Descriptive study of current therapeutic practices, clinical reproductive findings and incidence of pregnancy loss in intensively managed thoroughbred mares

Rose, B V and Firth, M J and Morris, B and Roach, J M and Wathes, D C and Verheyen, K L P and De Mestre, A M (2017) Descriptive study of current therapeutic practices, clinical reproductive findings and incidence of pregnancy loss in intensively managed thoroughbred mares. ANIMAL REPRODUCTION SCIENCE, 188. pp. 74-84.

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Abstract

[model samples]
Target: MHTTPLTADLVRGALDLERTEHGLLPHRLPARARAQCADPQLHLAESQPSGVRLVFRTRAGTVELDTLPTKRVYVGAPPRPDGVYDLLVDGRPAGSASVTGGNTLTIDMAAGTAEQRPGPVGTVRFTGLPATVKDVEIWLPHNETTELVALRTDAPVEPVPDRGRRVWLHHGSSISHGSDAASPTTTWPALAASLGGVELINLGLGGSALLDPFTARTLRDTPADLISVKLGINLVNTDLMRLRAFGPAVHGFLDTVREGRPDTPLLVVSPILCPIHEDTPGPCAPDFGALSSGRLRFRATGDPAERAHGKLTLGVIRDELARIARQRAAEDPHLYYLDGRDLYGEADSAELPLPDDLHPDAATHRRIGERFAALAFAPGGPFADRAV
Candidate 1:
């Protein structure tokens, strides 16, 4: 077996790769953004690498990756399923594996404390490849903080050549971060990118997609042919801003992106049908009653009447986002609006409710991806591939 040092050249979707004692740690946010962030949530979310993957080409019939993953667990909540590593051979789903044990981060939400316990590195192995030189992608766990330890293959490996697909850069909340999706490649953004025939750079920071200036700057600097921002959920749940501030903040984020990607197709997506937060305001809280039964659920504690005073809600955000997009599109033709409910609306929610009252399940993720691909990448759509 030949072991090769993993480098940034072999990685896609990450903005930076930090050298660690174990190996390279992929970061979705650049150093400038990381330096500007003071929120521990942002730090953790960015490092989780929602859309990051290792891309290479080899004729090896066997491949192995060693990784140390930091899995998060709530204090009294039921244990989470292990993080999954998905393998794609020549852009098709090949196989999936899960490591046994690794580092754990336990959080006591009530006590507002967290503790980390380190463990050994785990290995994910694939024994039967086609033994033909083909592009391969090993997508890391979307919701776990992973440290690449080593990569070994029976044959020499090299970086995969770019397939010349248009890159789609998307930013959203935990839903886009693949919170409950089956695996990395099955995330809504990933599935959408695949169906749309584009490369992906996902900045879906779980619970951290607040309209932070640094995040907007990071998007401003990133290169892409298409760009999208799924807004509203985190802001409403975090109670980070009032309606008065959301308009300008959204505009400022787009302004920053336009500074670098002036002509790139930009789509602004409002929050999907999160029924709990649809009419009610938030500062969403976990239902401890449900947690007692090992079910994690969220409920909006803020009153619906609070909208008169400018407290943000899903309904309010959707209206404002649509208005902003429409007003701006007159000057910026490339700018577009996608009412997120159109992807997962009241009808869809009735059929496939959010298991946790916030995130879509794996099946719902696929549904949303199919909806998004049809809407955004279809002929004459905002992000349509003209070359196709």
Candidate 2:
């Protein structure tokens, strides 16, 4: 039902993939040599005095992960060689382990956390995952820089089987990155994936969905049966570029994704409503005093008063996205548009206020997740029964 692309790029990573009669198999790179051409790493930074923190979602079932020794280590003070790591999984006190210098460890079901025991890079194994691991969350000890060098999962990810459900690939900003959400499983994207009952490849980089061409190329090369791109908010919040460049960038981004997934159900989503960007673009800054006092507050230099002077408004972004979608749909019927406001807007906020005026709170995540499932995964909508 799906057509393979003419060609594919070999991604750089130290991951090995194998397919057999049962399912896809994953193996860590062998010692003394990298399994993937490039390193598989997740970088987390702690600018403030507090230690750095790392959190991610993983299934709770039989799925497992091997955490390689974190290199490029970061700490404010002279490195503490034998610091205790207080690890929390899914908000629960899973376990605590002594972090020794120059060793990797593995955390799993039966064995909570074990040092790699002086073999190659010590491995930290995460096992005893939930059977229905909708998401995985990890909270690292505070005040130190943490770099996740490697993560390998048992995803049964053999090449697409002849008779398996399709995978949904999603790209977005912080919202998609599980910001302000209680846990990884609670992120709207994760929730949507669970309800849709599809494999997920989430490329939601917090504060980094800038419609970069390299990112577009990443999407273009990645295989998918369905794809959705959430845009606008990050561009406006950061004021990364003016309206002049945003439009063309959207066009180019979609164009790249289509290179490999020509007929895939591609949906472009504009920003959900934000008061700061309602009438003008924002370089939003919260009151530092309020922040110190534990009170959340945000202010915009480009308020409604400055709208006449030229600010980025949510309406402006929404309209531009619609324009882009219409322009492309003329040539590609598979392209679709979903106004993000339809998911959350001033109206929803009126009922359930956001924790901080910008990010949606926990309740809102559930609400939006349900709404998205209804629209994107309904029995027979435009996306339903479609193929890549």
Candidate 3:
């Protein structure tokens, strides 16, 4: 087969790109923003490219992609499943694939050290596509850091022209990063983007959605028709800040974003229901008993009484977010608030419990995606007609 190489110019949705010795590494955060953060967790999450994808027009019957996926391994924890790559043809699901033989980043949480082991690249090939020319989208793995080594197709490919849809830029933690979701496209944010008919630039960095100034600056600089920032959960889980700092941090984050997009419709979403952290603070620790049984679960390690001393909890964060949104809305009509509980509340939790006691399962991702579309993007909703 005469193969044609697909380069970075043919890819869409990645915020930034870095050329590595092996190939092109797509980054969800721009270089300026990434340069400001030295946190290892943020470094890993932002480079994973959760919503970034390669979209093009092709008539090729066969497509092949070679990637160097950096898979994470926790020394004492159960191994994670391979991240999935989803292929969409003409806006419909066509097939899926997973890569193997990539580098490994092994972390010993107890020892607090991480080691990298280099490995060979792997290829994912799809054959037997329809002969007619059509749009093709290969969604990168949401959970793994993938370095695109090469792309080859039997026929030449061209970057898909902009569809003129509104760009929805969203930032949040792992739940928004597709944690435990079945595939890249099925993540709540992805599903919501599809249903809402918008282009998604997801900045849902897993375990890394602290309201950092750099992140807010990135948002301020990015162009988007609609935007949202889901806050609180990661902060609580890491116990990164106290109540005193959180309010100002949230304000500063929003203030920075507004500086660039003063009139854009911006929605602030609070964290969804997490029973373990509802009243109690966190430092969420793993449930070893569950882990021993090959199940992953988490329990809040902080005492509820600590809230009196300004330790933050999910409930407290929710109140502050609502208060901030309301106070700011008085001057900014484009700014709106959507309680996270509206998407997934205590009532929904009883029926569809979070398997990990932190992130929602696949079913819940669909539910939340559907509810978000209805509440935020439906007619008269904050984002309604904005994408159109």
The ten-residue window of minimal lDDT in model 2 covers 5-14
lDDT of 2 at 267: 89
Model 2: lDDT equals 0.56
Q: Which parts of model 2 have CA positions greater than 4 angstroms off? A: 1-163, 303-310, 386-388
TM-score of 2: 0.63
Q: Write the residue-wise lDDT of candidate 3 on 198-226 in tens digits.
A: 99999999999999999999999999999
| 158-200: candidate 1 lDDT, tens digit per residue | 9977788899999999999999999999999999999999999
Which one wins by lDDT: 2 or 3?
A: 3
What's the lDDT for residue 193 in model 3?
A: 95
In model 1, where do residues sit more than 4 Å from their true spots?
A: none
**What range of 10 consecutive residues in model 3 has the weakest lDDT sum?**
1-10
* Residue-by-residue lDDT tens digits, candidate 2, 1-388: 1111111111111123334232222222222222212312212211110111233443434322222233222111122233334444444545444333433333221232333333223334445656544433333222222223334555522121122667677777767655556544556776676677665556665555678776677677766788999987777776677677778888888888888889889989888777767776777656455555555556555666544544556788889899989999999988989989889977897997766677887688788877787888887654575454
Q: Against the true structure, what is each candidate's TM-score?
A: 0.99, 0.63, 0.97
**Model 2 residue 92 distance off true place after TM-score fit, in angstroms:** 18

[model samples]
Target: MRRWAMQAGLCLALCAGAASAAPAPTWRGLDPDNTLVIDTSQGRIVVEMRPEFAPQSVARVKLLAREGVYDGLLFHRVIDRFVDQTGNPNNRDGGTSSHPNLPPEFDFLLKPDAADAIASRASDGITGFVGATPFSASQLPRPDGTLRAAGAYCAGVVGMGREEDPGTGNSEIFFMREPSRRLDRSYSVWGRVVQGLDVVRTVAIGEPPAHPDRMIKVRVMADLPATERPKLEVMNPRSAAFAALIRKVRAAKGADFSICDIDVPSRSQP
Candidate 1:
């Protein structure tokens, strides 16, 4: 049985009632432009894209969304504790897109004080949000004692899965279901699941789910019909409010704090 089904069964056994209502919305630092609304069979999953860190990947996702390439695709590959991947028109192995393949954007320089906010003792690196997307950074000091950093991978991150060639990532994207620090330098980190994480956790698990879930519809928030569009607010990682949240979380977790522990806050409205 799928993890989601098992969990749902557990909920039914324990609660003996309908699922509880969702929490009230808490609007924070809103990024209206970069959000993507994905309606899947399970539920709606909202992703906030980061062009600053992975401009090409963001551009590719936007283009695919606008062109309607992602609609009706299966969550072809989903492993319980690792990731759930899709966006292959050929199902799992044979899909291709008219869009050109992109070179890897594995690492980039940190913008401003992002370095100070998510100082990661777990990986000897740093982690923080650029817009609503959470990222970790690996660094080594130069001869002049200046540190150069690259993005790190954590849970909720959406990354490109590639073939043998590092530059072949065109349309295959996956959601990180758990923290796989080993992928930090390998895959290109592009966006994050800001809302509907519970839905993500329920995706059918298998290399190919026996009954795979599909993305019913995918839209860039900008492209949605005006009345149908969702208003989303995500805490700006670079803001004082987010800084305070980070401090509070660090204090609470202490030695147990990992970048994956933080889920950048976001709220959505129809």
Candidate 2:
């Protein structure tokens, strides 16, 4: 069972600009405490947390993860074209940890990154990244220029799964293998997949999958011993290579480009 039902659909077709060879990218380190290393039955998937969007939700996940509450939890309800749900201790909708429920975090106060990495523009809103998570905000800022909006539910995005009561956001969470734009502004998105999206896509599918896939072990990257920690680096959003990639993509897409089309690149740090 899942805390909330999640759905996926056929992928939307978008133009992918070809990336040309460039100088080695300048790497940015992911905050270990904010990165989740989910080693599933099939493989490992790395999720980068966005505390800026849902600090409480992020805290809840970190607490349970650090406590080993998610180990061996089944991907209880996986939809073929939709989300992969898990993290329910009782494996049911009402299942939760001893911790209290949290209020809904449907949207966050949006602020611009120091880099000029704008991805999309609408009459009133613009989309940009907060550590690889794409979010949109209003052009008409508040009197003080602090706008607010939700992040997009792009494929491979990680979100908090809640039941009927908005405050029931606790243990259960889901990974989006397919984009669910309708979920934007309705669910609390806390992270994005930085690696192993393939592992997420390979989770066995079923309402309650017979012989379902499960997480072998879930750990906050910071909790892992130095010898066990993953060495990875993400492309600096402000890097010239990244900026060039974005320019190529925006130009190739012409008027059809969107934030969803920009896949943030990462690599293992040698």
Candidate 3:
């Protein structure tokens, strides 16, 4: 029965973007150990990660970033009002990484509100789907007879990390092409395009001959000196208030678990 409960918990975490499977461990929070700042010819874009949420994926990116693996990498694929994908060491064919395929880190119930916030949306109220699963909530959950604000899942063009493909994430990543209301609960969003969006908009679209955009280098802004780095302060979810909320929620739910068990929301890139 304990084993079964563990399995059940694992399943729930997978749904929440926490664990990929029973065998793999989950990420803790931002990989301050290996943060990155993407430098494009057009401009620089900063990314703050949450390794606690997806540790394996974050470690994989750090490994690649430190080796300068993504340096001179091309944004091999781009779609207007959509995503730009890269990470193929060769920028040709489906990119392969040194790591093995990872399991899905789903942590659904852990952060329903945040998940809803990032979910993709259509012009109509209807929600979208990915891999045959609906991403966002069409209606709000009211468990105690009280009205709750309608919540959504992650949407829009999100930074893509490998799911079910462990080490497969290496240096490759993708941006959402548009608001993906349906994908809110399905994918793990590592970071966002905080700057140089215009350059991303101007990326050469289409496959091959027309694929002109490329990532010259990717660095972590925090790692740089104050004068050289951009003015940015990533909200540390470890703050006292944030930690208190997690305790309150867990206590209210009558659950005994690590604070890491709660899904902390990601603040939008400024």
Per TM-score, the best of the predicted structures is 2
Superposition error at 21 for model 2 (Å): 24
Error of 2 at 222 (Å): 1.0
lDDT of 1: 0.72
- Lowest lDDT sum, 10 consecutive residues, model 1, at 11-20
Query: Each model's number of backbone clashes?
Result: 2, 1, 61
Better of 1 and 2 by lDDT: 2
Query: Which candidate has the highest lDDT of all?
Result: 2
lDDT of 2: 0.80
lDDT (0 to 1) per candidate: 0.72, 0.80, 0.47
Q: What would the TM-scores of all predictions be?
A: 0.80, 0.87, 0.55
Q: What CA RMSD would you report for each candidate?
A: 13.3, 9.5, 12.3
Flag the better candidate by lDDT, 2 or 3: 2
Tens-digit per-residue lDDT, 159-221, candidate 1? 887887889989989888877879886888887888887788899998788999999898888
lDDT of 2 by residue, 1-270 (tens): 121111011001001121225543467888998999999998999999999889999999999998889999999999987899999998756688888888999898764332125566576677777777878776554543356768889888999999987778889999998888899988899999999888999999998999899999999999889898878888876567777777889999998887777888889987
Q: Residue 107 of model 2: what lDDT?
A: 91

Therapeutic practices in equine reproductive medicine have dramatically evolved over the last 20 years but current usage is not described. The aims of this study were to provide a description of medication use and clinical findings of reproductive examinations alongside measures of reproductive efficiency in thoroughbreds. A prospective cohort study was conducted in the 2013 and 2014 breeding seasons. Mare and stallion details, information on veterinary interventions and findings of reproductive ultrasound scans were collected using questionnaires and entered into a custom-designed Microsoft Access database. Descriptive summary statistics were derived directly from the database and using Microsoft Excel. Information was collected from 2246 pregnancies in 1754 mares from 29 stud farms. Ovulatory induction agents were used in 91.8% of cases, oestrus induction agents in 38.4% and covering therapies in 62.7%. Intrauterine anti-microbials were used in 49.6% of mares. Single pregnancies accounted for 83.9% of pregnancies, twins for 15.3% and triplets for 0.7%. The overall incidence of pregnancy loss between days 15-42 was 6.4% (95% CI 5.4%, 7.4%) and 1.6% (95% CI 1.1%, 2.1%) between days 43-65. A further 1.3% of pregnancies were lost by October and 4.5% by birth (including stillbirths). Eighty-three percent of all pregnancies resulted in a live foal. In conclusion, there has been a considerable increase in the use of reproductive therapeutics over the last 12 years. Nonetheless, incidence of pregnancy loss and live foal percentages remain essentially unchanged. Risk factor studies are required to determine if the substantial increase in therapeutic usage is conferring positive benefits.